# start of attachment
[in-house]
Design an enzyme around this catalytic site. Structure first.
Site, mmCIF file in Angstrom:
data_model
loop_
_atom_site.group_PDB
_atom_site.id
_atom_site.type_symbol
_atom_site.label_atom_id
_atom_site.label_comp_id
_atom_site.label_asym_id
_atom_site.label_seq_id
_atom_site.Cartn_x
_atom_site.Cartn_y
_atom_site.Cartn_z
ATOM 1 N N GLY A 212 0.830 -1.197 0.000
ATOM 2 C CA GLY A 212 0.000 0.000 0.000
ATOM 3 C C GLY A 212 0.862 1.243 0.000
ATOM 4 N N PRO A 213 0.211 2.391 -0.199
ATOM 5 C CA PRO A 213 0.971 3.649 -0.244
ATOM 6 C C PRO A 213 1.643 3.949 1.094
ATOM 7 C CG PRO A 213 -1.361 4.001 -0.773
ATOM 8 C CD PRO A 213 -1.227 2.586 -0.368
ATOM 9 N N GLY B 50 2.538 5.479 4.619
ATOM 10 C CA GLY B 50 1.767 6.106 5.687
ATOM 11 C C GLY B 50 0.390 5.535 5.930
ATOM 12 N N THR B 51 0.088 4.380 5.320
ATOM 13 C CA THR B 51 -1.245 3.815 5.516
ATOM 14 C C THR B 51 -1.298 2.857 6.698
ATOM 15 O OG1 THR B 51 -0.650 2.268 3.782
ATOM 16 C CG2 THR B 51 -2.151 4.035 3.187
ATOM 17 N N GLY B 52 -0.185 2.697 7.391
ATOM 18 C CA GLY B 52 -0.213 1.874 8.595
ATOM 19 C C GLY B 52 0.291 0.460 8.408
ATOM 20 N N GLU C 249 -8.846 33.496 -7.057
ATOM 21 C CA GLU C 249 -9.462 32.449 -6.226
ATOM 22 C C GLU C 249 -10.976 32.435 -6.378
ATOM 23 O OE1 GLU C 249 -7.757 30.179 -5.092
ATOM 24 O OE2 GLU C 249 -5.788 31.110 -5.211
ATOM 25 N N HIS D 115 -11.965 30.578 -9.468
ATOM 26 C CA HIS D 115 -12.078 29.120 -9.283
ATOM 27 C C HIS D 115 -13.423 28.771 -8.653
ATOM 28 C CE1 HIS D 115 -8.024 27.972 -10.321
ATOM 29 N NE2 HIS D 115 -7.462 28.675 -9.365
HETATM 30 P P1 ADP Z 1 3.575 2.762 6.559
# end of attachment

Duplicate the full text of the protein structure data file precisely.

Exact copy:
[in-house]
Design an enzyme around this catalytic site. Structure first.
Site, mmCIF file in Angstrom:
data_model
loop_
_atom_site.group_PDB
_atom_site.id
_atom_site.type_symbol
_atom_site.label_atom_id
_atom_site.label_comp_id
_atom_site.label_asym_id
_atom_site.label_seq_id
_atom_site.Cartn_x
_atom_site.Cartn_y
_atom_site.Cartn_z
ATOM 1 N N GLY A 212 0.830 -1.197 0.000
ATOM 2 C CA GLY A 212 0.000 0.000 0.000
ATOM 3 C C GLY A 212 0.862 1.243 0.000
ATOM 4 N N PRO A 213 0.211 2.391 -0.199
ATOM 5 C CA PRO A 213 0.971 3.649 -0.244
ATOM 6 C C PRO A 213 1.643 3.949 1.094
ATOM 7 C CG PRO A 213 -1.361 4.001 -0.773
ATOM 8 C CD PRO A 213 -1.227 2.586 -0.368
ATOM 9 N N GLY B 50 2.538 5.479 4.619
ATOM 10 C CA GLY B 50 1.767 6.106 5.687
ATOM 11 C C GLY B 50 0.390 5.535 5.930
ATOM 12 N N THR B 51 0.088 4.380 5.320
ATOM 13 C CA THR B 51 -1.245 3.815 5.516
ATOM 14 C C THR B 51 -1.298 2.857 6.698
ATOM 15 O OG1 THR B 51 -0.650 2.268 3.782
ATOM 16 C CG2 THR B 51 -2.151 4.035 3.187
ATOM 17 N N GLY B 52 -0.185 2.697 7.391
ATOM 18 C CA GLY B 52 -0.213 1.874 8.595
ATOM 19 C C GLY B 52 0.291 0.460 8.408
ATOM 20 N N GLU C 249 -8.846 33.496 -7.057
ATOM 21 C CA GLU C 249 -9.462 32.449 -6.226
ATOM 22 C C GLU C 249 -10.976 32.435 -6.378
ATOM 23 O OE1 GLU C 249 -7.757 30.179 -5.092
ATOM 24 O OE2 GLU C 249 -5.788 31.110 -5.211
ATOM 25 N N HIS D 115 -11.965 30.578 -9.468
ATOM 26 C CA HIS D 115 -12.078 29.120 -9.283
ATOM 27 C C HIS D 115 -13.423 28.771 -8.653
ATOM 28 C CE1 HIS D 115 -8.024 27.972 -10.321
ATOM 29 N NE2 HIS D 115 -7.462 28.675 -9.365
HETATM 30 P P1 ADP Z 1 3.575 2.762 6.559